Utah, Mangosteen, and Bad Stuff


The first time I heard of the fruit mangosteen, I thought it was just a Jewish mango. Turns out it’s Southeast Asian and in no way Jewish.  Makes sense; I mean, how do you circumcise a fruit?  Let alone teach it to read the holy books.

The second time I heard of it, I was trying to help a manic-depressive who went manic on it.  A degree professional had suddenly thrown angry tantrums, put his hand and other weapons through nearby walls, and tried to burn down the apartment building where his woman-friend lived.  He succeeded in burning down part of it. It all happened within a few hours of him ingesting mangosteen.  I told him to stop the damned mangosteen.  I remember seeing him through bars, and I doubted he could get any mangosteen in there, anyway.  But he would not hear ill of his dear mangosteen.  It was a multi-level-marketing product and he seemed to believe in it for that reason, despite some factors I was trying to introduce.  Things like biochemical truth, behavioral pharmacology, and my decades of medical practice experience — as opposed to his multi-level marketing experience.  His family stopped paying me as an expert.  I think they all sold mangosteen.

The company is Xango.  This company is one of many located in central Utah and flourishing under something like a constellation of legislation –endorsed by Orrin Hatch — that requires no regulation for claims made by supplements.  The simplest search gets lots of sites on what a fun thing this is to sell and what a brilliant multilevel marketing system it has.

Of course, I dived for the tab marked “science.”  I found a story about a legend and something about the “queen of fruits” and testimonial from someone saying it could revolutionize the supplement industry.  Well, these things are not science where I come from.  I did find some single articles about what xanthones can and might do.

The truth of the matter, as far as I can find it from many references, is that it is C13H8O2.  In 1939, it was introduced for use as an insecticide to kill moth eggs and larva.  As for the contemporary claims of everything from cancer cure to ending atherosclerosis, the folks at wisegeek seem to be correct in that the only serious study about this is Dr. James Duke’s ethnobotany study.  This was followed up by Recio in the 80s. The insecticide use was most on the money.  There might be some antibacterial effect here, but little else.  There is some reference made to antioxidant powers, but there are a million ways to get this much-studied effect, assuming all compounds with such powers get into the human bloodstream when ingested, which they emphatically do not.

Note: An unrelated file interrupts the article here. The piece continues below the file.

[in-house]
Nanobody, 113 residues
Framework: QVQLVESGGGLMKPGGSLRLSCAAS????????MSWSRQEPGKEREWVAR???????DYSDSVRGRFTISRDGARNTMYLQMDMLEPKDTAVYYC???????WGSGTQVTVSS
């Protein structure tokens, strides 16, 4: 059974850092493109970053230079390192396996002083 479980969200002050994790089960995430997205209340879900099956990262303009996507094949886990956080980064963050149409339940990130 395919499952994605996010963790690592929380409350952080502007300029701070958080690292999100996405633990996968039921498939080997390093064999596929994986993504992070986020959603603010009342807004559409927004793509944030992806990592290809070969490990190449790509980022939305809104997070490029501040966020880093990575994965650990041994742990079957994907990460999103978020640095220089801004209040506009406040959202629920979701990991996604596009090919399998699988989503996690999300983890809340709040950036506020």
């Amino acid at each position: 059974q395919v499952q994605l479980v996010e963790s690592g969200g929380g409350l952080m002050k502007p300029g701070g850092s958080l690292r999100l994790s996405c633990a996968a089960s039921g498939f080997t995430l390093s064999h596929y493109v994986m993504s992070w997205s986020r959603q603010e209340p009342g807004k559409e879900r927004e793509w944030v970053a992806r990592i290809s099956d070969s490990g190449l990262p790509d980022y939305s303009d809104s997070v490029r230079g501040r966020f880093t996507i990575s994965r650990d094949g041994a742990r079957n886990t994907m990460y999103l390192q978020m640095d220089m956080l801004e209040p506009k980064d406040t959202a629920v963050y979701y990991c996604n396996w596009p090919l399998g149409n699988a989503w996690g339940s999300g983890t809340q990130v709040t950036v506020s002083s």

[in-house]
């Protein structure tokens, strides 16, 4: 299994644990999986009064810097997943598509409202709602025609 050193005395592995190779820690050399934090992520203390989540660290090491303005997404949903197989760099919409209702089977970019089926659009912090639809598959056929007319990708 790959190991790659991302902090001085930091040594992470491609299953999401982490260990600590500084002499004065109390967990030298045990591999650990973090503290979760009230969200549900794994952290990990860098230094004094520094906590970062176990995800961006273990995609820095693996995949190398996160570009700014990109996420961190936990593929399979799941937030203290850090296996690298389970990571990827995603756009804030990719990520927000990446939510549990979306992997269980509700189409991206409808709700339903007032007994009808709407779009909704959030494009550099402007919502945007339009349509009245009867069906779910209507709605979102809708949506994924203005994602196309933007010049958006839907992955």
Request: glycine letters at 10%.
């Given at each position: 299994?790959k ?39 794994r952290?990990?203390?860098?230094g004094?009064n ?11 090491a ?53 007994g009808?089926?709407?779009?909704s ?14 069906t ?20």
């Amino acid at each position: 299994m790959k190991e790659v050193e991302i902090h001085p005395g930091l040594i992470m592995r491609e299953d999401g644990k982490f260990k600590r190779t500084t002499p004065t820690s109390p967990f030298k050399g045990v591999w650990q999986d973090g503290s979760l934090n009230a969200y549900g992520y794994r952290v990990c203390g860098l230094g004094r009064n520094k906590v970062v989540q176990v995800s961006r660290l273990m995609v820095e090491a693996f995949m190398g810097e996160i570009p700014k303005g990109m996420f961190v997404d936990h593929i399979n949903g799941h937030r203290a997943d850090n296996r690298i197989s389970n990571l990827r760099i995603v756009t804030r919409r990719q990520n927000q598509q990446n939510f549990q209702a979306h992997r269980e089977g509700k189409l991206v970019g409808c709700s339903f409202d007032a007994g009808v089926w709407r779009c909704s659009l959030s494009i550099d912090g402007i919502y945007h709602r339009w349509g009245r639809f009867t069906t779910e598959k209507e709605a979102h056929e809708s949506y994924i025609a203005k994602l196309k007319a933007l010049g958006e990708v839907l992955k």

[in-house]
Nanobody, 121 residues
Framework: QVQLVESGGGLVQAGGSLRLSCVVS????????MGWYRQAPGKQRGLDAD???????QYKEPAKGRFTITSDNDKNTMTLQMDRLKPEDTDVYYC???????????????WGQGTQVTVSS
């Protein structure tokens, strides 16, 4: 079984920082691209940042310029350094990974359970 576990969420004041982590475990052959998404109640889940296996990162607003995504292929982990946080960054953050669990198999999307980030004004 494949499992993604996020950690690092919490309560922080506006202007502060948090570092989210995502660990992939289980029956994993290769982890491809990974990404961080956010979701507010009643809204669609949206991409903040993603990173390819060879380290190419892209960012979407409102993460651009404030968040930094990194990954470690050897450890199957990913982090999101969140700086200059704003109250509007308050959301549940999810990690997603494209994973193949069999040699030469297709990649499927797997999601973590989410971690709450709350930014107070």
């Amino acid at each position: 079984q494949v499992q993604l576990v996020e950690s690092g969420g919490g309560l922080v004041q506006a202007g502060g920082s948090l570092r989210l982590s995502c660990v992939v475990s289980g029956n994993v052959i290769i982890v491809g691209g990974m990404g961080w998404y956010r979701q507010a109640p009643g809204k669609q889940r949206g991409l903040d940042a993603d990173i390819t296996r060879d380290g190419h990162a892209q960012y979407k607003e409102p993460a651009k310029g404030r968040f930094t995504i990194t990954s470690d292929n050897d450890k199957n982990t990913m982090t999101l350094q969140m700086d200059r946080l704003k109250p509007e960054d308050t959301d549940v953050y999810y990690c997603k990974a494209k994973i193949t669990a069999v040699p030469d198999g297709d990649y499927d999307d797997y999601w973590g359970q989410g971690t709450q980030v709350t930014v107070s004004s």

Dr. Duke’s original pharmacopoeia of natural stuff has been lovingly preserved by the Department of Agriculture.  I have seen other patients go manic with a lot of antioxidant stuff — that could have been what was going on with the guy I wrote about at the beginning of this article.  Clinically, I have seen a lot of this. But with little literature, a glial mechanism has been postulated.  As a side note, I really love stuff about the glial cells in the nervous system.  When I went to school these were believed to be inert support cells, but now they are being discovered to do a lot of neat things.  But I digress. The bottom line is this.  Under the direction of Orrin Hatch, duly elected senator from Utah, a variety of health food companies have flourished under the good senator’s laws that exempt such products from the rigors of science, but leave them prey to the joys of marketing.  In the case of Xango, that may be wildly effective marketing for those who prize such things over science.  For those who relish the placebo effect — it made me feel great! — which may be an ego justifying response — you paid a hell of a lot for it so it ought to damn well make you feel great!

Some people love myths and lore more than science.  I can almost see the attraction here; life is short on romance for most folks.  Did Queen Victoria actually ask for an unadulterated mangosteen?  I mean, she could have.  She asked for breadfruit to feed her country and the plants all died on board ship; confer “Mutiny on the Bounty.”  She asked for the “Indian Hemp” – marijuana — to treat her royal menstrual cramps.  Her royal M.D., Sir Wm. Russell, wrote that one up in the British Medical Journal at the time.  So the marketers of Utah wanted a piece of this old-fashioned British pie.

Check real science before spending your hard earned money on something natural, especially if the company is located in Utah.  Maybe there is a political solution; this is why my husband and I started a Political Action initiative. Until then, check your science.  Or just ask me.

Comments on Utah, Mangosteen, and Bad Stuff Leave a Comment

June 14, 2013

Gail H. @ 12:43 pm #

Thank you for this info, I was going to get a multi vitamin with mangosteen in it, but didn’t want a stimulant nor anything iff-y, so I am glad I came across this article. I love that the doctor was forthright and didn’t beat around the bush with his information.

July 20, 2014

Skiz @ 10:47 pm #

Hello Estelle, thanks for clearing this up. I am looking up some information about a company (Vemma) that claims to harvest Mangosteen that’s growing on vulcanic ashes in Utah that are more than 1000 years old – to put the juice into their products. I learned that the mangosteen tree does not grow there.

I believe Vemma is simply buying from Xango. But where does Xango get the fruits from?

Kind regards from germany!

September 4, 2014

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